Now I just want to highlight some wisdom from elder, author, lawyer, Harold Johnson. Here's a little excerpt from his book, the Power of Story that I just love, uh, and speaks to these phases of overanalysis based on the stories we've created and then how it turns into that next domino, the shoulds. Here's what he wrote.
" Everything in my mind is a chain of inferences going all the way back to the taste of warm milk in my mouth and my mother's voice. If anywhere along that chain, I inferred wrongly. If I interpreted an experience or evidence poorly, then everything that follows is informed by an idea that isn't true. The story I have been building throughout my life is probably a fiction in more ways than one. Knowing that I inferred wrongly at times as I built the chain of inferences that makes up my understanding, leads me to conclude that I cannot say with any certainty that anything is true. Neither can you. This conclusion is liberating. If we cannot with certainty say that anything is absolutely true, then we are not bound to any single version of the story we inhabit. We are free to change our story, modify it, amend it, or completely rewrite it. We are free to adopt any story we choose."
So this blame and overanalysis really hides that from us, that freedom to choose. And before we talk about that, let's finish up with these dominoes to really get a handle on this process. So, as we weave our stories, they inform our shoulds, all the things we think that person should have done so that we didn't get hurt, or that we should have done what should have happened to prevent all of this, what should happen in the future.
And sometimes it's spot on. The should you've interpreted would have prevented it. And often the shoulds we create are rigid and created through the lens of blame and overanalysis. Or false inferences. And all these shoulds do one thing really well. They lock us in and lock others out. And that knocks over that last domino: separation.
And with too much separation, we fall into loneliness. So the more we knock these dominoes down in other situations or contexts, or just in our own beliefs, the more we get caught in this mind game, the more separation we create, those are the BOSS dominoes. Blame it, overanalyze it, should it separate. We all do this a lot and we can do it less.
And as Harold Johnson noted, this realization that we don't have the full answer gives us freedom to choose. And the relief that can come from that. The weight off our shoulders from carrying all those dominoes around, and it instantly fosters a sense of connection when you can let go of them a bit. Let go of that blame, the false overanalyses, the shoulds built on certainty that may not be true.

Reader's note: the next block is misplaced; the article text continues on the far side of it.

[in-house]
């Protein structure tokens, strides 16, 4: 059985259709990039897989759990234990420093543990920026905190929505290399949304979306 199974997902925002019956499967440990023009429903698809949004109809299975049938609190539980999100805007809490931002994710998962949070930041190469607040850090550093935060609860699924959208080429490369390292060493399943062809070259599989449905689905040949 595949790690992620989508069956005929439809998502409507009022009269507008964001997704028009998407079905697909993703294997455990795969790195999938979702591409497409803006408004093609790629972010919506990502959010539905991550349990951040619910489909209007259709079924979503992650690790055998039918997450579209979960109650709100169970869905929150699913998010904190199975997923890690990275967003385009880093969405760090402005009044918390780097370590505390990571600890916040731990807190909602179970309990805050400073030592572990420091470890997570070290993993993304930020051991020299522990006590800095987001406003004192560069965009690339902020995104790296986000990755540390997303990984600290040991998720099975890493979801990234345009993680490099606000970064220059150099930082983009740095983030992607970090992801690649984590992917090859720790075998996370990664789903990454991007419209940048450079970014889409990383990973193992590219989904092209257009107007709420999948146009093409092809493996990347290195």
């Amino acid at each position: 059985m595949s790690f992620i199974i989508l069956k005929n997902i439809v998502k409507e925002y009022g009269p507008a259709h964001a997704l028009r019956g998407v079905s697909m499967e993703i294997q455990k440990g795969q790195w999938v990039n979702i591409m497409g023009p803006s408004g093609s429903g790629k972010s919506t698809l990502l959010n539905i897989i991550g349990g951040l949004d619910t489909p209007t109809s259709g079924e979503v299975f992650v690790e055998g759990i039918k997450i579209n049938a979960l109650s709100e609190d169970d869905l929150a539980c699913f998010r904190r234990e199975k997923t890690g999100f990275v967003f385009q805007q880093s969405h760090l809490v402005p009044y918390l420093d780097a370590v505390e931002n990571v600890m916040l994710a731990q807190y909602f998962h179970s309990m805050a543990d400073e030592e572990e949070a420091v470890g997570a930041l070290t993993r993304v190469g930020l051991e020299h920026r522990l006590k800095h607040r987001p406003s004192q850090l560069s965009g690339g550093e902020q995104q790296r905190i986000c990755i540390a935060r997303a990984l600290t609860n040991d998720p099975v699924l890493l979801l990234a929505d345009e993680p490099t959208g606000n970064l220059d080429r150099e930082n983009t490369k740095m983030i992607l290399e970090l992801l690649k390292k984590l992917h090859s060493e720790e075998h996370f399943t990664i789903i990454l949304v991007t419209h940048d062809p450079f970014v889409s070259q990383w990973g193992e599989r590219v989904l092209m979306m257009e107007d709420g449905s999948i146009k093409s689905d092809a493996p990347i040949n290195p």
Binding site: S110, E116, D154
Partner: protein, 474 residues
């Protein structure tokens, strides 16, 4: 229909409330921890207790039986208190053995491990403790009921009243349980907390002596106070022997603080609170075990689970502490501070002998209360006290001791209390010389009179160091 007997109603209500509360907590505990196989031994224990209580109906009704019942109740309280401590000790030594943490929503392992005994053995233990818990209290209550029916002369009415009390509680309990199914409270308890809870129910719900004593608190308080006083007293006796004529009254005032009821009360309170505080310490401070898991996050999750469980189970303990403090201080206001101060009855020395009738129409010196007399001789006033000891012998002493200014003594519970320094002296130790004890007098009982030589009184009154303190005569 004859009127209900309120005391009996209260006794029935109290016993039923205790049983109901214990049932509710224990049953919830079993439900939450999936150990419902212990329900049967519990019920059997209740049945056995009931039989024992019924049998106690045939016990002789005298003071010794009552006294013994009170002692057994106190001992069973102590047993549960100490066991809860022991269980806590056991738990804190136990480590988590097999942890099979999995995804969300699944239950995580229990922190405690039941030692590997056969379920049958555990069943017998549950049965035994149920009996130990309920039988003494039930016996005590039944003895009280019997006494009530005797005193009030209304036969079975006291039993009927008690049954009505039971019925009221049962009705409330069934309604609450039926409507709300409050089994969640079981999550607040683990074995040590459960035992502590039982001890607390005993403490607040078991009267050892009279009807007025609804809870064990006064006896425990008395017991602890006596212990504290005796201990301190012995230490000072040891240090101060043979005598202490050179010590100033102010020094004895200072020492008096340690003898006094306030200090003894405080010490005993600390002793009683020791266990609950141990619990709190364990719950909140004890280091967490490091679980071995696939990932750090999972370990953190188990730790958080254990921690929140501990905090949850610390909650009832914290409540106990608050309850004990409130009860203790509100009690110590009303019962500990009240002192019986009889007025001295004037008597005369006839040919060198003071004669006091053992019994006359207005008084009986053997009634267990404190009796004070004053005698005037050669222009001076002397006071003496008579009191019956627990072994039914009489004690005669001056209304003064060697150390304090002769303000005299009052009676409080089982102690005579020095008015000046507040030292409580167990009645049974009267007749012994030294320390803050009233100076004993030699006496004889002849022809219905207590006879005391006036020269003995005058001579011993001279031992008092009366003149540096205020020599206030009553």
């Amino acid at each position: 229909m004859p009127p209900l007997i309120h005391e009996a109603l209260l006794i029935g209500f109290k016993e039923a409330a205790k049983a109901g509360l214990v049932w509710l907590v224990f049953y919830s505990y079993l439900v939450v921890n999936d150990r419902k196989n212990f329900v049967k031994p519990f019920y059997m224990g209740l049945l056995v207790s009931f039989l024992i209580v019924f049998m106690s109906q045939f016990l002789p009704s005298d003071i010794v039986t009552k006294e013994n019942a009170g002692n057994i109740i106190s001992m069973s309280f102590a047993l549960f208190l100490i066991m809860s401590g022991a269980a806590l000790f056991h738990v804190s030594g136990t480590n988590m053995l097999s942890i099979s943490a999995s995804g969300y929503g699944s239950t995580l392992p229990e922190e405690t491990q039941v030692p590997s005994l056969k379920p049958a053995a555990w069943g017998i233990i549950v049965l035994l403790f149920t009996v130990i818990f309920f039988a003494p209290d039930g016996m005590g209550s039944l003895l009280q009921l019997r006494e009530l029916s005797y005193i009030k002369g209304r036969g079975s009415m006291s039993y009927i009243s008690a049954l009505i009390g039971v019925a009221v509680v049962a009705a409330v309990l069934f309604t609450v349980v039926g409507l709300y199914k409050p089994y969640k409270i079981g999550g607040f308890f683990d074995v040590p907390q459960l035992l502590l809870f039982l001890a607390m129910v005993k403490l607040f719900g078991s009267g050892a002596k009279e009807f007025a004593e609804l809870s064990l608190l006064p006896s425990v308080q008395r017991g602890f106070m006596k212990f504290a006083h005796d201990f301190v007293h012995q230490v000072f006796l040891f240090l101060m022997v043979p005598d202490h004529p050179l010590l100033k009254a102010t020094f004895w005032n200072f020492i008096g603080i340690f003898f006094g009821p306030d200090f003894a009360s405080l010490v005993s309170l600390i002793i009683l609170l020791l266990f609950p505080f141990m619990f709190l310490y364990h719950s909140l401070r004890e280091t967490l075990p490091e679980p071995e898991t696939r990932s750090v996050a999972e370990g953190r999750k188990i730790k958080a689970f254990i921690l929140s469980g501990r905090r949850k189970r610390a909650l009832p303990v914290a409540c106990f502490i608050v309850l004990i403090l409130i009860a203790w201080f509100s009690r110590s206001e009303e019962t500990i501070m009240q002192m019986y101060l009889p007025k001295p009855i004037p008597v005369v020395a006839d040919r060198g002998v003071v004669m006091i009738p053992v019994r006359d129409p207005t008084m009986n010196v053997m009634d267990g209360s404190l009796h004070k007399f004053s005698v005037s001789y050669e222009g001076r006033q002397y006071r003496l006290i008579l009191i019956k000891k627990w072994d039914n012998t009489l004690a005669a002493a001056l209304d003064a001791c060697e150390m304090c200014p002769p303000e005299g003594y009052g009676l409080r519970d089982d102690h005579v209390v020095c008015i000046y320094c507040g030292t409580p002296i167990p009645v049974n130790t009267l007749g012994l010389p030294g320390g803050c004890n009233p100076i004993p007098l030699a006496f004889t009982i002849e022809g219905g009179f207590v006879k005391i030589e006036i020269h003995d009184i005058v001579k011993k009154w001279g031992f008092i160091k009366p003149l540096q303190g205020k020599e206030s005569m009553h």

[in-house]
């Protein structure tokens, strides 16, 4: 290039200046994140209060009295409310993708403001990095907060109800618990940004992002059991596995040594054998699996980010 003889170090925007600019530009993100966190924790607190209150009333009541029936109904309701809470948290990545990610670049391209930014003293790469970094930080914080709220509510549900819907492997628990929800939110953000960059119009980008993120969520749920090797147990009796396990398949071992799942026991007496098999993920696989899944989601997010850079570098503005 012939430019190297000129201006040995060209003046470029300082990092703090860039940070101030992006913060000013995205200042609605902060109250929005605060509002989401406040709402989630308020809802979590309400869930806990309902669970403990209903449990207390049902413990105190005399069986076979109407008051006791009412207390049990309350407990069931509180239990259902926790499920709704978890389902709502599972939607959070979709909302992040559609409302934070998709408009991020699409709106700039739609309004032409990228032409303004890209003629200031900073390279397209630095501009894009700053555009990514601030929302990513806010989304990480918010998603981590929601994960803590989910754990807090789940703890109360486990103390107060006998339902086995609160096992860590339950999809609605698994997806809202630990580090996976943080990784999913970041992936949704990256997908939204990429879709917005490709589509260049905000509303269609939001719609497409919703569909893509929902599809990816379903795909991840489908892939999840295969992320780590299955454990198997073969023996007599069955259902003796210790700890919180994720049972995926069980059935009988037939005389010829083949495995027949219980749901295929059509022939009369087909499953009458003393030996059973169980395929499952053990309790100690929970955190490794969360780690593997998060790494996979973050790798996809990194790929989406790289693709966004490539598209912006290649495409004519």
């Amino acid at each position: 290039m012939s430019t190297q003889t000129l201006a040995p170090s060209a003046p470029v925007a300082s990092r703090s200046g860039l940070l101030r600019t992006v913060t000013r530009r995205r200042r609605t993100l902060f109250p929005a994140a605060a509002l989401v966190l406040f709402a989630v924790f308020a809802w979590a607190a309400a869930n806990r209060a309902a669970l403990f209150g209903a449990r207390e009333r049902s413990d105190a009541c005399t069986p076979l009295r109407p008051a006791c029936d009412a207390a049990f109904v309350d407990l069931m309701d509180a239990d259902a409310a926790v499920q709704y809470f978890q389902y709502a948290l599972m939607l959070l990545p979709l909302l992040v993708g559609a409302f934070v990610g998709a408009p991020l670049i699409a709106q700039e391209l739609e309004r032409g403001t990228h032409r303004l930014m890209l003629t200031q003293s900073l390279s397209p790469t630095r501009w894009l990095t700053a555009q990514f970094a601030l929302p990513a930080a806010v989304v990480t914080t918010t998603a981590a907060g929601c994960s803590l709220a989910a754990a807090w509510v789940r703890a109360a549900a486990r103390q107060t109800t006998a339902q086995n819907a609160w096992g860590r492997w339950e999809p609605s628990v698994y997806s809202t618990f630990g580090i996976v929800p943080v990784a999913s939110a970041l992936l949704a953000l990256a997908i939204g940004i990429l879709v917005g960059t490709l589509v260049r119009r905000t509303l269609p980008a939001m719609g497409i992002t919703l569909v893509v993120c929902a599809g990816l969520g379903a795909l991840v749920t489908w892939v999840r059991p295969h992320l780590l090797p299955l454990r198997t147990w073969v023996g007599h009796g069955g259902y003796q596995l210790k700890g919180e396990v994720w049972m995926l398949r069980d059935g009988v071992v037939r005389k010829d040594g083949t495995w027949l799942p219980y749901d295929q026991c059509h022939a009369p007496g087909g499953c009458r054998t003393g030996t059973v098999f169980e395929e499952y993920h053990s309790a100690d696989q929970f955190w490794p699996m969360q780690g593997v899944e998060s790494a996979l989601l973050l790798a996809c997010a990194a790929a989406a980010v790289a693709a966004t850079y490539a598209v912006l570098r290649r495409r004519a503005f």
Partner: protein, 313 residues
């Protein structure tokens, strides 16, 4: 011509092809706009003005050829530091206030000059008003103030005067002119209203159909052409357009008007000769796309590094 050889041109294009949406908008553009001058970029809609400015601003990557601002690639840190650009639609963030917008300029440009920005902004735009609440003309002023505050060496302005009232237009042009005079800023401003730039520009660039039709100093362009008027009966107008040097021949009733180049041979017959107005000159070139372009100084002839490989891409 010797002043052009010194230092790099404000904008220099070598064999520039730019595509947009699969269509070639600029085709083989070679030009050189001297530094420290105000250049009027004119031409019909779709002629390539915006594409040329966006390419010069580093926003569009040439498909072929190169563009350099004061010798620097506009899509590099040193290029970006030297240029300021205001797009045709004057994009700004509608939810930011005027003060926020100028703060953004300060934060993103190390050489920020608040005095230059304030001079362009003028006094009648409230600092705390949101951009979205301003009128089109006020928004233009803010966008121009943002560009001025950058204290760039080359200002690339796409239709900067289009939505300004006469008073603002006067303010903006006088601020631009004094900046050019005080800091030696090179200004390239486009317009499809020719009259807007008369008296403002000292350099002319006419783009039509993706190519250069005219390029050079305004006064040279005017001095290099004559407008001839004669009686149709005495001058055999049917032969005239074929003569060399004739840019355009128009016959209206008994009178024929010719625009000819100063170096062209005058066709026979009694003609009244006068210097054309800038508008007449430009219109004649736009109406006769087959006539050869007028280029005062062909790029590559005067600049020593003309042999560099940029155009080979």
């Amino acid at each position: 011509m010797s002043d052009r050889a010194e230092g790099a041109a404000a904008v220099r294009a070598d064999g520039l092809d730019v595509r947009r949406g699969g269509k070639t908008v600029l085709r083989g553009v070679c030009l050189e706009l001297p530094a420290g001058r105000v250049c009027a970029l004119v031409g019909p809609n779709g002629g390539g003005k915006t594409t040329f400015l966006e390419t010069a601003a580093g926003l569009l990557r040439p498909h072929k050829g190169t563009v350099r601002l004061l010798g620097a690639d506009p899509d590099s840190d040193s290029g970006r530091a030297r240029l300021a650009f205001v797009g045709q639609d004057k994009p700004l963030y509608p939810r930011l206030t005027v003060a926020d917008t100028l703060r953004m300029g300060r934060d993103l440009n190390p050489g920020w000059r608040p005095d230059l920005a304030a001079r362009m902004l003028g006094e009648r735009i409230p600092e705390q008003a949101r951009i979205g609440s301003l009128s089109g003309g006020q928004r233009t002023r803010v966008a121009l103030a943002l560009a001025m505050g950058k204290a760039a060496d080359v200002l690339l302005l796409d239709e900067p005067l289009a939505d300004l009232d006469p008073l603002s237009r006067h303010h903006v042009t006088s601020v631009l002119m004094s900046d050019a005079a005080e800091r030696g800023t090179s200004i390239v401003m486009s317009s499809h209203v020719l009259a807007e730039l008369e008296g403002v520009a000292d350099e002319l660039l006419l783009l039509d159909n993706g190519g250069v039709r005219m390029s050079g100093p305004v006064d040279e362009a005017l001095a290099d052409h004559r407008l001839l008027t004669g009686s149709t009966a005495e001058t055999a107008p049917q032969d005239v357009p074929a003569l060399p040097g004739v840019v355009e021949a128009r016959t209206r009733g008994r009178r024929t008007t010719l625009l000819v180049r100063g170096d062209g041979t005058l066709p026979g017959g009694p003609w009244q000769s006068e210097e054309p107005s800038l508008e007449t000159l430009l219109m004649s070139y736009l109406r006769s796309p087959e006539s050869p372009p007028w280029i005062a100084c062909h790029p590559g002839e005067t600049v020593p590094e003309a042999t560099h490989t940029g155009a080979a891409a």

And I think the common fear here is that if we don't let these dominoes fall, folks will get away with treating us unfairly. Or we'll be a pushover, and it's just not true. These dominoes are rarely built on truth, and they take so much of our energy and they generate a force that usually creates some unhelpful actions in their wake.
So I think our first step here is to just notice the dominoes. To apply some mindful awareness. This is much of the training we do over at the Joy Lab program. Uh, we call it: See what is, accept what is, and choose wisely.
Those are some better dominoes to knock down. It's also what we do at the podcast here. It's what we do at the resilient community as well. We talk about and practice mindful awareness so that we can step out of reflexive blame and overanalysis, and then we can infuse these elements of joy into our life so that those shoulds can lose their power.
And so we don't knock over those BOSS dominoes so often. We're then able to step out of the inferences and stories that might be harming us. And to craft a new story that creates more freedom, more purpose, more joy in our lives. So with that reminder, I wanna close a bit with some wisdom from Sharon Salzberg, some encouragement.
I think her advice to us here is a reminder that no matter how many times you've knocked down these dominoes. No matter how much separation you've created in your life, there's still time to choose a new path. Here's what she wrote:
" It is never too late to turn on the light. Your ability to break an unhealthy habit or turn off an old tape doesn't depend on how long it has been running. A shift in perspective doesn't depend on how long you've held on to the old view. When you flip the switch in that attic, it doesn't matter whether it's been dark for 10 minutes, 10 years, or 10 decades. The light still illuminates the room and banishes the murkiness, letting you see the things you couldn't see before. It's never too late to take a moment to look."